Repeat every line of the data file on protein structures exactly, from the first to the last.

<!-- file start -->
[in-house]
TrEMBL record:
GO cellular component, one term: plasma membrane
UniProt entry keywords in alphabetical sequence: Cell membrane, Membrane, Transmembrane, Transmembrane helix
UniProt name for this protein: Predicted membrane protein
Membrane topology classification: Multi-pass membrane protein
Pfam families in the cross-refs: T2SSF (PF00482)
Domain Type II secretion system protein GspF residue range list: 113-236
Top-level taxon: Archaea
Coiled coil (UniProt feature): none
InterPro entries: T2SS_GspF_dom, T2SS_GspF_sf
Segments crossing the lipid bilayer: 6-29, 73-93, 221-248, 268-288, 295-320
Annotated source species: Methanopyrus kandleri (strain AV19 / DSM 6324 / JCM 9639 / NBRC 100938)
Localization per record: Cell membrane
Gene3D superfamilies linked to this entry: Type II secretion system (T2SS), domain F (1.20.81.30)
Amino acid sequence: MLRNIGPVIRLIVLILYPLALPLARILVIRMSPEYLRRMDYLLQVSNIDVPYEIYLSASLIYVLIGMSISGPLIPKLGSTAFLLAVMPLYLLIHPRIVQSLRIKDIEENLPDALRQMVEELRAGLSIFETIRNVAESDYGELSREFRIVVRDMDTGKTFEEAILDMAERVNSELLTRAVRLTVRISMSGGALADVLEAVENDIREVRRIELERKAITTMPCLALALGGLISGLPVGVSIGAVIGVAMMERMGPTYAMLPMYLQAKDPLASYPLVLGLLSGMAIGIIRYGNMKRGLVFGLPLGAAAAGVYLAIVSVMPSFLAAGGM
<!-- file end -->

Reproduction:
[in-house]
TrEMBL record:
GO cellular component, one term: plasma membrane
UniProt entry keywords in alphabetical sequence: Cell membrane, Membrane, Transmembrane, Transmembrane helix
UniProt name for this protein: Predicted membrane protein
Membrane topology classification: Multi-pass membrane protein
Pfam families in the cross-refs: T2SSF (PF00482)
Domain Type II secretion system protein GspF residue range list: 113-236
Top-level taxon: Archaea
Coiled coil (UniProt feature): none
InterPro entries: T2SS_GspF_dom, T2SS_GspF_sf
Segments crossing the lipid bilayer: 6-29, 73-93, 221-248, 268-288, 295-320
Annotated source species: Methanopyrus kandleri (strain AV19 / DSM 6324 / JCM 9639 / NBRC 100938)
Localization per record: Cell membrane
Gene3D superfamilies linked to this entry: Type II secretion system (T2SS), domain F (1.20.81.30)
Amino acid sequence: MLRNIGPVIRLIVLILYPLALPLARILVIRMSPEYLRRMDYLLQVSNIDVPYEIYLSASLIYVLIGMSISGPLIPKLGSTAFLLAVMPLYLLIHPRIVQSLRIKDIEENLPDALRQMVEELRAGLSIFETIRNVAESDYGELSREFRIVVRDMDTGKTFEEAILDMAERVNSELLTRAVRLTVRISMSGGALADVLEAVENDIREVRRIELERKAITTMPCLALALGGLISGLPVGVSIGAVIGVAMMERMGPTYAMLPMYLQAKDPLASYPLVLGLLSGMAIGIIRYGNMKRGLVFGLPLGAAAAGVYLAIVSVMPSFLAAGGM